Brazil is revamping its national identity card system, providing it with a new security layer based on blockchain. Last year, the country announced the launch of new carteira de identidade nacional (CIN), aka Registro Geral or RG cards.
The new identity document for Brazilian nationals will replace "old-fashioned" paper cards. Modernized plastic IDs have an integrated QR code, making it easier to identify card holders and prevent frauds. They also enable authenticating users who access public services online through a centralized database.
Last week, the government revealed that the RG system will be enhanced by blockchain technology. The network underpinning the Federal Revenue Service's shared registry, named b-Cadastros, will also support the identification system, enabling search, issuing, and changing new ID cards along with tax registration numbers.
"The use of the b-Cadastros blockchain platform is a major differentiator for the security and reliability of the National Identity Card project," said Alexandre Amorim, the president of Serpro (the Federal Data Processing Service ), Brazil's state-owned IT corporation that developed the platform. He also underscored the significance of blockchain in safeguarding personal data and curbing fraud.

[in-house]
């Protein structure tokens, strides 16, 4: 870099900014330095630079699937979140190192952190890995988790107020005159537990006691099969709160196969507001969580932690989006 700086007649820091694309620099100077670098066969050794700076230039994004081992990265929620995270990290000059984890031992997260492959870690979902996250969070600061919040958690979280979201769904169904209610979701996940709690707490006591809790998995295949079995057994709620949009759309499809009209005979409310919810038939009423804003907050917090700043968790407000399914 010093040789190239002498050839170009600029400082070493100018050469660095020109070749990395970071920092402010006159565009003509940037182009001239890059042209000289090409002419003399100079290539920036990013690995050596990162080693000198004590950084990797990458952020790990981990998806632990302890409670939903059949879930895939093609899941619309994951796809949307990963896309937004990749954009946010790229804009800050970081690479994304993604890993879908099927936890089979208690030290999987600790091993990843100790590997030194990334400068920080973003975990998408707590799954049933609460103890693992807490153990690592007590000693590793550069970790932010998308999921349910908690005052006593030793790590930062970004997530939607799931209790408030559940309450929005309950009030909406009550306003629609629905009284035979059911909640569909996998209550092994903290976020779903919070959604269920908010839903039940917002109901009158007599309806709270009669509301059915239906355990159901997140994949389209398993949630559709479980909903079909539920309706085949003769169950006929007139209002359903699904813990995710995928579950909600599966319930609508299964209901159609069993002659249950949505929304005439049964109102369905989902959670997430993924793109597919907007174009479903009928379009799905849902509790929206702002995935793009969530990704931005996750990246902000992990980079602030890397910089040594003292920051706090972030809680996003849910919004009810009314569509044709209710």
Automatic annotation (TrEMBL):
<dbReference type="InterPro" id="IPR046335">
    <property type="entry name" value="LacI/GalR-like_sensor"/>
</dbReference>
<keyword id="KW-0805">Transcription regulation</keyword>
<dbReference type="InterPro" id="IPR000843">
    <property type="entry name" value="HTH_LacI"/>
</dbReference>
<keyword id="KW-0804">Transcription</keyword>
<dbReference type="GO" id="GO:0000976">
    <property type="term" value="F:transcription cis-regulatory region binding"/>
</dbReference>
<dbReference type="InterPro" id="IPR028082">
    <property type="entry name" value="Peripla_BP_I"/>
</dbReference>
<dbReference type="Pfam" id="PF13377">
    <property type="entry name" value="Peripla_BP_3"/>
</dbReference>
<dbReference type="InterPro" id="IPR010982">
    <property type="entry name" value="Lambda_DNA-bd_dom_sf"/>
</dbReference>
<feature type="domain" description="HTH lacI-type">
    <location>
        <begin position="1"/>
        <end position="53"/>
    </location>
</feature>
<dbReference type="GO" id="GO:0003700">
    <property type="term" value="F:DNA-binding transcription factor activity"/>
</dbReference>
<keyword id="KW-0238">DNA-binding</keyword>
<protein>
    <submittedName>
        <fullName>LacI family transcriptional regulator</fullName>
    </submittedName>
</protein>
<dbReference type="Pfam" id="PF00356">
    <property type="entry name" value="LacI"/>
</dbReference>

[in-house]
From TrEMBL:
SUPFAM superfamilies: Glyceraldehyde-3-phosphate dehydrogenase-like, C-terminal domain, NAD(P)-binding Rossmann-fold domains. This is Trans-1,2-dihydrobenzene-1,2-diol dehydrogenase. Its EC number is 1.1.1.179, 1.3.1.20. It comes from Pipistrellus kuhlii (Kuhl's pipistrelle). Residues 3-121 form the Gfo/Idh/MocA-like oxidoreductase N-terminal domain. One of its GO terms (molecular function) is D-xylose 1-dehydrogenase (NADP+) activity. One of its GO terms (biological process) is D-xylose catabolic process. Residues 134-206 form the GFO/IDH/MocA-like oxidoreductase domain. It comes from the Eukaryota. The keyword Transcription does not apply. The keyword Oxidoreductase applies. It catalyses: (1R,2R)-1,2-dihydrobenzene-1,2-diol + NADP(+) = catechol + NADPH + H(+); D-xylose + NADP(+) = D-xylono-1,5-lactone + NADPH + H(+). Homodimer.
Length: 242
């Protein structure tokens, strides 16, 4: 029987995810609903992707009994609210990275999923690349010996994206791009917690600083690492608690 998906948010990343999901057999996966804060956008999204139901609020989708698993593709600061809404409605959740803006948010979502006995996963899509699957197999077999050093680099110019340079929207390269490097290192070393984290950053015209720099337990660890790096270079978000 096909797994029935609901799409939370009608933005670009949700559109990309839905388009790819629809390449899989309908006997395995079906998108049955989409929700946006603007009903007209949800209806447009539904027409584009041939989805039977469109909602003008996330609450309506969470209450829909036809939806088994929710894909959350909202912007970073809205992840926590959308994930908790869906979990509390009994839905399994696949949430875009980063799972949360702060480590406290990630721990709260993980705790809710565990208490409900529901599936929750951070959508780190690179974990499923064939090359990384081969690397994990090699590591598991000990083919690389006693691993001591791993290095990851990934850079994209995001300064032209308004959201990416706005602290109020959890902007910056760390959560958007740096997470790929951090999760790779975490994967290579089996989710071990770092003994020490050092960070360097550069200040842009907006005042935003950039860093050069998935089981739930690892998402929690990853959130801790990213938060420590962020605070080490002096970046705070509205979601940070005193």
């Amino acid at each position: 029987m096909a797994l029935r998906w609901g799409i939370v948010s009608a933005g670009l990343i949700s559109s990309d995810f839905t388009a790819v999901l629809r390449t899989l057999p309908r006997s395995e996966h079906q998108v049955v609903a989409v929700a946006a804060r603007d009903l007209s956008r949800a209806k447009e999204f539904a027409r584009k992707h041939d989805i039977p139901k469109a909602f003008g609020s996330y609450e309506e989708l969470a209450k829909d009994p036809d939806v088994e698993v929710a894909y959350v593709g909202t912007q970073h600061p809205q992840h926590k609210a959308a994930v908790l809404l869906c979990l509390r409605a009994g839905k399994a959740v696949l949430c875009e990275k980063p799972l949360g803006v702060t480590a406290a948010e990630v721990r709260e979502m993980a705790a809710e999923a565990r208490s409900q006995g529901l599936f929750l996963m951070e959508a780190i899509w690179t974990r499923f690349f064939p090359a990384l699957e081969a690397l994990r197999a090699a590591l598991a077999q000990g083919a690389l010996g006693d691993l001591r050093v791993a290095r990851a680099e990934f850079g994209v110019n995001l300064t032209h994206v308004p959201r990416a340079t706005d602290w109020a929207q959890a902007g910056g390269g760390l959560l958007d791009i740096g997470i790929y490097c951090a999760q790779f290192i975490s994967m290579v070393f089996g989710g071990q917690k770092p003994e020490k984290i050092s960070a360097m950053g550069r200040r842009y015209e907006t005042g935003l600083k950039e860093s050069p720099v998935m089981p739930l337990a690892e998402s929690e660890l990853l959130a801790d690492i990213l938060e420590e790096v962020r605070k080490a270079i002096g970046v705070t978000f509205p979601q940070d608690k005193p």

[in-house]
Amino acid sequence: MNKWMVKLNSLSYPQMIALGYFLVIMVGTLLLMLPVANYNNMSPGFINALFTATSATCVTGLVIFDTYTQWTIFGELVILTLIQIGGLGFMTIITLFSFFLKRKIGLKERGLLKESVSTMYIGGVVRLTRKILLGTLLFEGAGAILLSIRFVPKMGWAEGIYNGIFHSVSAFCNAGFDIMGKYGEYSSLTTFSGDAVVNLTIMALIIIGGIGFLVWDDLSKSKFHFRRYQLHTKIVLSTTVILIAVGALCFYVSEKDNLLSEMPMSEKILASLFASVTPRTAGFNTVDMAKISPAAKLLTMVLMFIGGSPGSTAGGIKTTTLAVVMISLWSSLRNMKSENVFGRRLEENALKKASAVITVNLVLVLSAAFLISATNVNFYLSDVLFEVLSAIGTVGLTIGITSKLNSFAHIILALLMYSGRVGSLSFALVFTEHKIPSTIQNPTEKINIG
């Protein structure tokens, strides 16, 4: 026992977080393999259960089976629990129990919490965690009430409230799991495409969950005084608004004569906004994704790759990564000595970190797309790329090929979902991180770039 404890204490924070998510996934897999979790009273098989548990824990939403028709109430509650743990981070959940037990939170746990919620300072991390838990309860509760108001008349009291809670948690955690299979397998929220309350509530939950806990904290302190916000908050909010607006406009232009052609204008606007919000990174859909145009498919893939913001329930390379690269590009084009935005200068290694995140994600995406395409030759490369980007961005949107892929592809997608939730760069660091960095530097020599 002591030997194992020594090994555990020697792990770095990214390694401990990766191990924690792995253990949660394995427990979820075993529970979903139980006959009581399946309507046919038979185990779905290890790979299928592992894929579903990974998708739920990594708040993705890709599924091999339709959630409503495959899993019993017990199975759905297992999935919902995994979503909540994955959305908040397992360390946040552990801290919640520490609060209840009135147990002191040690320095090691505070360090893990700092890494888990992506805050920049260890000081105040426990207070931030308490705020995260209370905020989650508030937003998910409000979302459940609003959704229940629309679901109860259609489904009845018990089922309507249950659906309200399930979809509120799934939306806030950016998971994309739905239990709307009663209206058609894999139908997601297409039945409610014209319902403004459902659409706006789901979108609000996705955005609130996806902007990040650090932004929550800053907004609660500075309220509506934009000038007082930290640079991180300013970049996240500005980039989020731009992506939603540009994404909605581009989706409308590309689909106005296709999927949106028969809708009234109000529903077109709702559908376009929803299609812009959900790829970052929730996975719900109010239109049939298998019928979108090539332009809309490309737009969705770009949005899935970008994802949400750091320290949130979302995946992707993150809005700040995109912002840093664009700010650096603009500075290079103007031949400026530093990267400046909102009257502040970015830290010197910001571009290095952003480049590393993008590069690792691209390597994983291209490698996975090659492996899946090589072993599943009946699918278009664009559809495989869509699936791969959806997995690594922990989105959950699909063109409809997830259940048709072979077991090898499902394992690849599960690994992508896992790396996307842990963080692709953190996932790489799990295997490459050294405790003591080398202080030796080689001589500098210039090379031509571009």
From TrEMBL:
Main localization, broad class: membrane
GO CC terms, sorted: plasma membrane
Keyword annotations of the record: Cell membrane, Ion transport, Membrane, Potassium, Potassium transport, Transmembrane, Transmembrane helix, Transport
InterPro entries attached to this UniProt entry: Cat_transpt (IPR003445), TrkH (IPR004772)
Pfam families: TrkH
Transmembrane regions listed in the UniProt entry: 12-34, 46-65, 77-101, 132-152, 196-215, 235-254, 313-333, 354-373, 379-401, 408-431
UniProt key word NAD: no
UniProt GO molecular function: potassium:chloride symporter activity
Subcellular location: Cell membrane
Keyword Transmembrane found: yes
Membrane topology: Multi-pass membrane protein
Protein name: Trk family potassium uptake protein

The states of Rio de Janeiro, Goiás, and Paraná are spearheading the implementation of the new system, with the remaining states expected to follow suit in the coming weeks.
Neighboring Argentina is another Latin American country embracing blockchain for identification purposes. The country's capital city, Buenos Aires, has recently announced the launch of QuarkID, a blockchain-based digital identity service. The platform offers a self-sovereign digital wallet, allowing users to access birth and marriage certificates and other documents.
QuarkID, commissioned by Buenos Aires's city government, has been developed in collaboration with Extrimian, a US fintech company, and Matter Labs, a Layer-2 blockchain developer.